How Tech Is Disrupting Parenting Culture And Behaviour

4 mins read

Admittedly, nothing can truly prepare you for the mayhem that is first-time parenting, but the internet sure has plenty of tips to help prepare in every way we can imagine. From Facebook groups selling second hand baby goods, to female-only forums offering breastfeeding advice, to printable PDF lists on ‘what to pack in your hospital bag’ to online blogs dedicated to how to wean your baby onto the bottle, it seems the internet is preparing us better than our wise and experienced friends and family are able to. 

There is no doubt that when a baby arrives, technology – and with it the blessed internet – will continue to help us on our journey to figuring it all out. Technology is truly changing the way we parent, from the way we entertain our children, to the way we organize their schedules, to the way we gain parenting knowledge. But the jury is hung as to whether it is actually making parentings easier or harder. 

Our growing use of new technologies, software and devices are forcing parents to make tough decisions as to whether their child should have access to those technologies, how to keep them safe from cyberbullying and other dangers online, and whether or not what appears to be ‘the norm’ in parenting online is in fact realistic. By this I’m referring to the vast number of Instagram profiles dedicated to Anne Geddes-style photoshoots of adorable bubs, supermodels’ Facebook pages showing off their perfect post-natal bodies, and every blog written by Mums who appear to be nailing it. Seeing these kinds of ‘realities’ on social media can be seriously disheartening for first-time Mums who are struggling in the initial months of parenthood, leading them to question whether they are doing it right.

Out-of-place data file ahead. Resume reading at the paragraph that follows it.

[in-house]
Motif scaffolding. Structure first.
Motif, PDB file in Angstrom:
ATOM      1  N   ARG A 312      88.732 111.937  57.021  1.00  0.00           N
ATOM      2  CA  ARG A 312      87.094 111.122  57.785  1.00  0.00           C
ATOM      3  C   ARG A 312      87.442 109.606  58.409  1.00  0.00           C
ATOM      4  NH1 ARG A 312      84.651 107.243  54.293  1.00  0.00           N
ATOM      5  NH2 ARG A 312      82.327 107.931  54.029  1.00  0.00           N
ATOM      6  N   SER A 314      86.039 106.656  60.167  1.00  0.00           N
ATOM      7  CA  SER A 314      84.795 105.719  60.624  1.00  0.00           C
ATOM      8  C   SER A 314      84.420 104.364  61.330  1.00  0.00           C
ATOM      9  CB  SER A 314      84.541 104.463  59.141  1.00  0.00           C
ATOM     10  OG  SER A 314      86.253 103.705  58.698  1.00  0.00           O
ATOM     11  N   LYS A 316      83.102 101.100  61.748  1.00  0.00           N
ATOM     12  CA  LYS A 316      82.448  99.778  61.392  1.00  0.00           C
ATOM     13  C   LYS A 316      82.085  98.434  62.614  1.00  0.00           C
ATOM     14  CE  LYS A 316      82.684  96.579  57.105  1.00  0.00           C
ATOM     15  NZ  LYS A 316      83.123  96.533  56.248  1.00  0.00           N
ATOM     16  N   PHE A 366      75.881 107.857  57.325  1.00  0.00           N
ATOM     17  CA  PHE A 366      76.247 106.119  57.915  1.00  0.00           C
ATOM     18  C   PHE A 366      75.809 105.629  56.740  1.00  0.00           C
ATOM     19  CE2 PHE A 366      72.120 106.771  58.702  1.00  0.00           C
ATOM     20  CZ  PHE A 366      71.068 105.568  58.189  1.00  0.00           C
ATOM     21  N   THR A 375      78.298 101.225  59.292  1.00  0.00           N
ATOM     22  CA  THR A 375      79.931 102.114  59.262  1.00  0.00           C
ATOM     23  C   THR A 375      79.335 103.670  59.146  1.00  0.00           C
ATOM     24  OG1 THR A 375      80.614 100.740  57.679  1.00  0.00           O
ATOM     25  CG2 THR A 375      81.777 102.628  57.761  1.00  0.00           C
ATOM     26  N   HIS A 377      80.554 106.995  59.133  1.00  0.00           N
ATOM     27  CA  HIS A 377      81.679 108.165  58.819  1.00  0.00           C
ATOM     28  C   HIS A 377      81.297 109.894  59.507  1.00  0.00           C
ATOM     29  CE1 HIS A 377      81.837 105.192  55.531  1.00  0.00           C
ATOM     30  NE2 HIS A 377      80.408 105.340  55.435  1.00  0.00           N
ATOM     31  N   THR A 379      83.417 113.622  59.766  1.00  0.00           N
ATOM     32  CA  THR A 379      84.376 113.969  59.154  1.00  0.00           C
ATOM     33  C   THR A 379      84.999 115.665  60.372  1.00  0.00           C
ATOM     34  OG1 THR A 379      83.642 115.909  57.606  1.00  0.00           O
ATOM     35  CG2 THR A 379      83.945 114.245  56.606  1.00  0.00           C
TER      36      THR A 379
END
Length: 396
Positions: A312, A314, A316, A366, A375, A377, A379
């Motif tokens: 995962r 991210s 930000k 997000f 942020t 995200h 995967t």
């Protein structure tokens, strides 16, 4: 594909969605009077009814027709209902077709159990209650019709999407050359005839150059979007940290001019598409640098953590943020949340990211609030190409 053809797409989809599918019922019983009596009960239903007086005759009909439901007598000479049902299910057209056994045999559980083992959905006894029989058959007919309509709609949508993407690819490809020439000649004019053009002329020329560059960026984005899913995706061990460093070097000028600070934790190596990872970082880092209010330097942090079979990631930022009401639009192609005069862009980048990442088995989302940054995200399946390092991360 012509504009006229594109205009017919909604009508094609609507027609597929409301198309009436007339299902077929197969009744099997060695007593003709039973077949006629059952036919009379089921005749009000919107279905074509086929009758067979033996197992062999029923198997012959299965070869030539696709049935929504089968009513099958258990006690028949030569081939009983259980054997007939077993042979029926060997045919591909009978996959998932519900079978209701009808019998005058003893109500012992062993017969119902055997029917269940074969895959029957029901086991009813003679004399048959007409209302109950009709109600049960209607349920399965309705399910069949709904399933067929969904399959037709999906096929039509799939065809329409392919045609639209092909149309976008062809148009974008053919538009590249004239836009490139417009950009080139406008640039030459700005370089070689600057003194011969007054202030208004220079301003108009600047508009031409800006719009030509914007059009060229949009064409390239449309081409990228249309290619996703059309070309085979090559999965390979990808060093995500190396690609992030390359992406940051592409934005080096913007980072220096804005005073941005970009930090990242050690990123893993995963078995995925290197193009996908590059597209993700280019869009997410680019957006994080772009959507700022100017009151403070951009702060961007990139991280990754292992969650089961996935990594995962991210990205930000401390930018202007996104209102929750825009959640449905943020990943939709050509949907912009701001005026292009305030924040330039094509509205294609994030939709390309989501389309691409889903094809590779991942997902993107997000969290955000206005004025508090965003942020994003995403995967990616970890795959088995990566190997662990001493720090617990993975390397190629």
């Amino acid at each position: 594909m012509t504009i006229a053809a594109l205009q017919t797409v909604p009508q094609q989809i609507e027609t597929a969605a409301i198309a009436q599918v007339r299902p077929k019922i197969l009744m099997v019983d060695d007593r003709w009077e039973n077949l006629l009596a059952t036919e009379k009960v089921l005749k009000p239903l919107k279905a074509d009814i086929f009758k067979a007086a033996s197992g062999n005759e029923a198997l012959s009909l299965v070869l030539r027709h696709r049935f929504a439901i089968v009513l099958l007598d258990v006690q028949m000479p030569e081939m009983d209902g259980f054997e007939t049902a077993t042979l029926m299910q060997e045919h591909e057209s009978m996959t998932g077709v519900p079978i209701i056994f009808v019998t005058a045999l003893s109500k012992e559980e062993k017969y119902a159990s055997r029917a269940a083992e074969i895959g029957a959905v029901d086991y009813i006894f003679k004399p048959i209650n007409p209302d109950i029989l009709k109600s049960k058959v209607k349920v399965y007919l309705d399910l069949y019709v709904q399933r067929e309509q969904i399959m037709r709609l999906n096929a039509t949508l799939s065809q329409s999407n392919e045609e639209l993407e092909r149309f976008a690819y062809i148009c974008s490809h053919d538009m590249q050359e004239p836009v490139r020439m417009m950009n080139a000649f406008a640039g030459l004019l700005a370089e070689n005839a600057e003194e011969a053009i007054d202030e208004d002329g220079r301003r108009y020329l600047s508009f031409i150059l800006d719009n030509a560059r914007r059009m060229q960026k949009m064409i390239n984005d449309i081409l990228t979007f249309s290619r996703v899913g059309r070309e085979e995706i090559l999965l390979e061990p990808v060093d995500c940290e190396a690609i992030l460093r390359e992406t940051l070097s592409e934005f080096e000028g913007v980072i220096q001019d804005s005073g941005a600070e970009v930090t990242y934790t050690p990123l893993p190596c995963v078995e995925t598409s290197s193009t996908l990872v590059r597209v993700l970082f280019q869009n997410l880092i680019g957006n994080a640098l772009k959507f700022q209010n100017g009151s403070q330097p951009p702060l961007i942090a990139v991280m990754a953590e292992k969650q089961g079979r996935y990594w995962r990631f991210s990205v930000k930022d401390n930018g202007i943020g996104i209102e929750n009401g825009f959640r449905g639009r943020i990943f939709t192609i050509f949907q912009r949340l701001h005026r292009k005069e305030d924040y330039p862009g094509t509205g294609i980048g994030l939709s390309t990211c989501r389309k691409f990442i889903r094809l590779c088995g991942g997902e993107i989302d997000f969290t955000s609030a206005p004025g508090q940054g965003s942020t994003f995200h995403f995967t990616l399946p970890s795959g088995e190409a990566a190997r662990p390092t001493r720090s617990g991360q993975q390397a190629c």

On the other hand, technology can be a godsend for new parents. There are now apps that allow exhausted parents to bulk order essential household groceries like toilet paper and nappies or browse kids’ clothing such as Bobo Choses direct from a smartphone, high-tech cribs that use sound and motion lull babies back to sleep if they cry during the night and wireless breast pumps that allow mums to pump on the go, hands-free. New technology is now also engrained into early childhood curriculums, from smartphones to computers. Technology is helping parents streamline and automate tasks that would once take up precious hours – hours that would not generally be found due to the otherwise overwhelming task of keeping a new human alive. 

Technology is upending every aspect of society. In the field of education, students are able to tap into hundreds of thousands of online courses, from data science masters programs to post-grad certificates in AI and blockchain, from wherever they are located in the world with the click of a mouse. In the workplace, we have seen the rise of new collaboration technologies that allow global business relationships to develop virtually. And in the home, we have seen the invention of thousands of modern devices that change the way we manage our household budgets, secure our properties, and even make love in the bedroom. 

What is next, I wonder?

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